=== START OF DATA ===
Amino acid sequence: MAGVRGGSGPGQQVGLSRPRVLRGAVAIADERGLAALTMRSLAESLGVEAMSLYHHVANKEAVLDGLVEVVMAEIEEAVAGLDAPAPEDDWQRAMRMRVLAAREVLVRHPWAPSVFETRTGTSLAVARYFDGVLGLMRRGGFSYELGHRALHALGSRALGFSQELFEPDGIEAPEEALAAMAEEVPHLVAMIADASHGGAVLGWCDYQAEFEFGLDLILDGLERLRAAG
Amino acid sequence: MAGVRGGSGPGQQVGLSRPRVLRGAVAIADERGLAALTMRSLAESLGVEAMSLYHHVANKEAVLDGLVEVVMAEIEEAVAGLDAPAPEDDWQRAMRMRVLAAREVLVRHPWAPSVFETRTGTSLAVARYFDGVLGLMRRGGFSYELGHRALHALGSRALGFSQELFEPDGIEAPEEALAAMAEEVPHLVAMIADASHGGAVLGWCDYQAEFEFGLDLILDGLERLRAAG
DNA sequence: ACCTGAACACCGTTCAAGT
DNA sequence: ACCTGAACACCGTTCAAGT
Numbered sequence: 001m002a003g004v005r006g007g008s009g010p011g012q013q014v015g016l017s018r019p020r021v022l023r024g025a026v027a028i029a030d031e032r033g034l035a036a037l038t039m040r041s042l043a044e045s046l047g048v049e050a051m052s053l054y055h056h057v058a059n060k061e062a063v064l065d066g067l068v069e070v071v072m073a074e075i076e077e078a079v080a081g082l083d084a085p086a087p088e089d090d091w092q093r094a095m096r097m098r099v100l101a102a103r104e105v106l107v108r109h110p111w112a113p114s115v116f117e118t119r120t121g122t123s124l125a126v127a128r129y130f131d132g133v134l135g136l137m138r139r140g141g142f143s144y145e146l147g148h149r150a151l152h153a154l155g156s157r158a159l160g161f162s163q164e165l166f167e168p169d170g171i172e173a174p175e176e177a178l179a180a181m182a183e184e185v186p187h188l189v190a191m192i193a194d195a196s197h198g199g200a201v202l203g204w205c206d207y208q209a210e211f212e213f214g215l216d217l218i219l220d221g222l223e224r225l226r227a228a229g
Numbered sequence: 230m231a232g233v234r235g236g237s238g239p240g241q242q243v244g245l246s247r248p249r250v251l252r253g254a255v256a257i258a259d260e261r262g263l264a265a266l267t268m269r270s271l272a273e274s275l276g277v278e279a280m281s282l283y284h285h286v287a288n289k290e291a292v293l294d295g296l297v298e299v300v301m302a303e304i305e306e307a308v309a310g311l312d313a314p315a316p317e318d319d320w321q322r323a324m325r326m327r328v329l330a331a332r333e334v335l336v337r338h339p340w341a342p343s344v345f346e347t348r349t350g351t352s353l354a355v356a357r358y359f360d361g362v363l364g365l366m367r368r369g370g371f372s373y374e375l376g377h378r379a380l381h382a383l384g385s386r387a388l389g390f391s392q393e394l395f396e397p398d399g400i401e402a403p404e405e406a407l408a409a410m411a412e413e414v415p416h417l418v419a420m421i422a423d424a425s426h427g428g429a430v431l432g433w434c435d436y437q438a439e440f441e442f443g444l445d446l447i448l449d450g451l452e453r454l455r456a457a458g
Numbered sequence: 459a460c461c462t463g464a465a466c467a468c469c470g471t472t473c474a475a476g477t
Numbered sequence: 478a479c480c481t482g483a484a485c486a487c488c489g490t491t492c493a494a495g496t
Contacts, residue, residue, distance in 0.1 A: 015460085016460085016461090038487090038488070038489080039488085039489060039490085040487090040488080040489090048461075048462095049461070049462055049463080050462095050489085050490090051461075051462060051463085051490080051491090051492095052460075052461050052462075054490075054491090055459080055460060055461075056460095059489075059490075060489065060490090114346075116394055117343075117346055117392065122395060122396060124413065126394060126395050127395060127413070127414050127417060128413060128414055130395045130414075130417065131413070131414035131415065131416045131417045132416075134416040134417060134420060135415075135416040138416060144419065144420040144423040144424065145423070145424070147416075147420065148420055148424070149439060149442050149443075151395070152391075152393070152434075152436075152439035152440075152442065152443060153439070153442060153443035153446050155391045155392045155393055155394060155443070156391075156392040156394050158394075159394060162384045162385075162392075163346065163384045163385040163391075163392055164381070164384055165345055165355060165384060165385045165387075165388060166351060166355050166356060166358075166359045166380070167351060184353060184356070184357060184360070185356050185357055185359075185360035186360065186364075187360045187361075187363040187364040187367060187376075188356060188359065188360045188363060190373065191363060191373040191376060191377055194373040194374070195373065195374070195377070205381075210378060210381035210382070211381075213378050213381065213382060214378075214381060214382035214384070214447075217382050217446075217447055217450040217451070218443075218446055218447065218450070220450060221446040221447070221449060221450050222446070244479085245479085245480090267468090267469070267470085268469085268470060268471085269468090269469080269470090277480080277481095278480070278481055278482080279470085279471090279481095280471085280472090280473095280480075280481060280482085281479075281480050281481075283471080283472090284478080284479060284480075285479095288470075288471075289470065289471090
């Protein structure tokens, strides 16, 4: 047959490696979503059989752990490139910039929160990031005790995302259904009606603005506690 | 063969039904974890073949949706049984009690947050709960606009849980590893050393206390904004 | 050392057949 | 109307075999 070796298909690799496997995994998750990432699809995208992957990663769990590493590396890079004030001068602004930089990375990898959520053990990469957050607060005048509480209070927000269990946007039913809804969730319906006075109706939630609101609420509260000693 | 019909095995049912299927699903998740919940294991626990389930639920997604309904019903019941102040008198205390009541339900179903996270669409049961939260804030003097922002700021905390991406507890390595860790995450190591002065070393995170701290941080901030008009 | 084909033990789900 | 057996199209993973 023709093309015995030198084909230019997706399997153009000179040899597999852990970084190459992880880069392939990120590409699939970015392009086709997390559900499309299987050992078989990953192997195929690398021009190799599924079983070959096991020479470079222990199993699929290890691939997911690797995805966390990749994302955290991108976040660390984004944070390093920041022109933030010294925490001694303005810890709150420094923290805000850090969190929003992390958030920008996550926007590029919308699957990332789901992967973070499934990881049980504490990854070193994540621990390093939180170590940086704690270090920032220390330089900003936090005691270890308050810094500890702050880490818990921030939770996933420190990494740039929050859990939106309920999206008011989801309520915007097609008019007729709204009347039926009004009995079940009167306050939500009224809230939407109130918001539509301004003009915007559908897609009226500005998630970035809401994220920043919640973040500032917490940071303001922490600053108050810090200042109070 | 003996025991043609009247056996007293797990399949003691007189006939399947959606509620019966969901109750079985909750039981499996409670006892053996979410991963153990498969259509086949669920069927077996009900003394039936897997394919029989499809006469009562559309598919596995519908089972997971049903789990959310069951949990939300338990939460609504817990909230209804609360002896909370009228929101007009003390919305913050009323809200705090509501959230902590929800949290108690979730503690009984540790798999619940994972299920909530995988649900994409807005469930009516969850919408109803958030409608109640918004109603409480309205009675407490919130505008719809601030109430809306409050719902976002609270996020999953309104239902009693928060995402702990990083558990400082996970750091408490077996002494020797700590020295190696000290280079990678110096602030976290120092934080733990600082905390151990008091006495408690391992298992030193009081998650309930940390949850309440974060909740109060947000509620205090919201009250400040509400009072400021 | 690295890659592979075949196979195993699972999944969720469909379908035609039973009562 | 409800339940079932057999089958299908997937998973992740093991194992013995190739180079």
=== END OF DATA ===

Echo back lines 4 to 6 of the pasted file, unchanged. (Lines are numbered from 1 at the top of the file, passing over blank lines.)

DNA sequence: ACCTGAACACCGTTCAAGT
Numbered sequence: 001m002a003g004v005r006g007g008s009g010p011g012q013q014v015g016l017s018r019p020r021v022l023r024g025a026v027a028i029a030d031e032r033g034l035a036a037l038t039m040r041s042l043a044e045s046l047g048v049e050a051m052s053l054y055h056h057v058a059n060k061e062a063v064l065d066g067l068v069e070v071v072m073a074e075i076e077e078a079v080a081g082l083d084a085p086a087p088e089d090d091w092q093r094a095m096r097m098r099v100l101a102a103r104e105v106l107v108r109h110p111w112a113p114s115v116f117e118t119r120t121g122t123s124l125a126v127a128r129y130f131d132g133v134l135g136l137m138r139r140g141g142f143s144y145e146l147g148h149r150a151l152h153a154l155g156s157r158a159l160g161f162s163q164e165l166f167e168p169d170g171i172e173a174p175e176e177a178l179a180a181m182a183e184e185v186p187h188l189v190a191m192i193a194d195a196s197h198g199g200a201v202l203g204w205c206d207y208q209a210e211f212e213f214g215l216d217l218i219l220d221g222l223e224r225l226r227a228a229g
Numbered sequence: 230m231a232g233v234r235g236g237s238g239p240g241q242q243v244g245l246s247r248p249r250v251l252r253g254a255v256a257i258a259d260e261r262g263l264a265a266l267t268m269r270s271l272a273e274s275l276g277v278e279a280m281s282l283y284h285h286v287a288n289k290e291a292v293l294d295g296l297v298e299v300v301m302a303e304i305e306e307a308v309a310g311l312d313a314p315a316p317e318d319d320w321q322r323a324m325r326m327r328v329l330a331a332r333e334v335l336v337r338h339p340w341a342p343s344v345f346e347t348r349t350g351t352s353l354a355v356a357r358y359f360d361g362v363l364g365l366m367r368r369g370g371f372s373y374e375l376g377h378r379a380l381h382a383l384g385s386r387a388l389g390f391s392q393e394l395f396e397p398d399g400i401e402a403p404e405e406a407l408a409a410m411a412e413e414v415p416h417l418v419a420m421i422a423d424a425s426h427g428g429a430v431l432g433w434c435d436y437q438a439e440f441e442f443g444l445d446l447i448l449d450g451l452e453r454l455r456a457a458g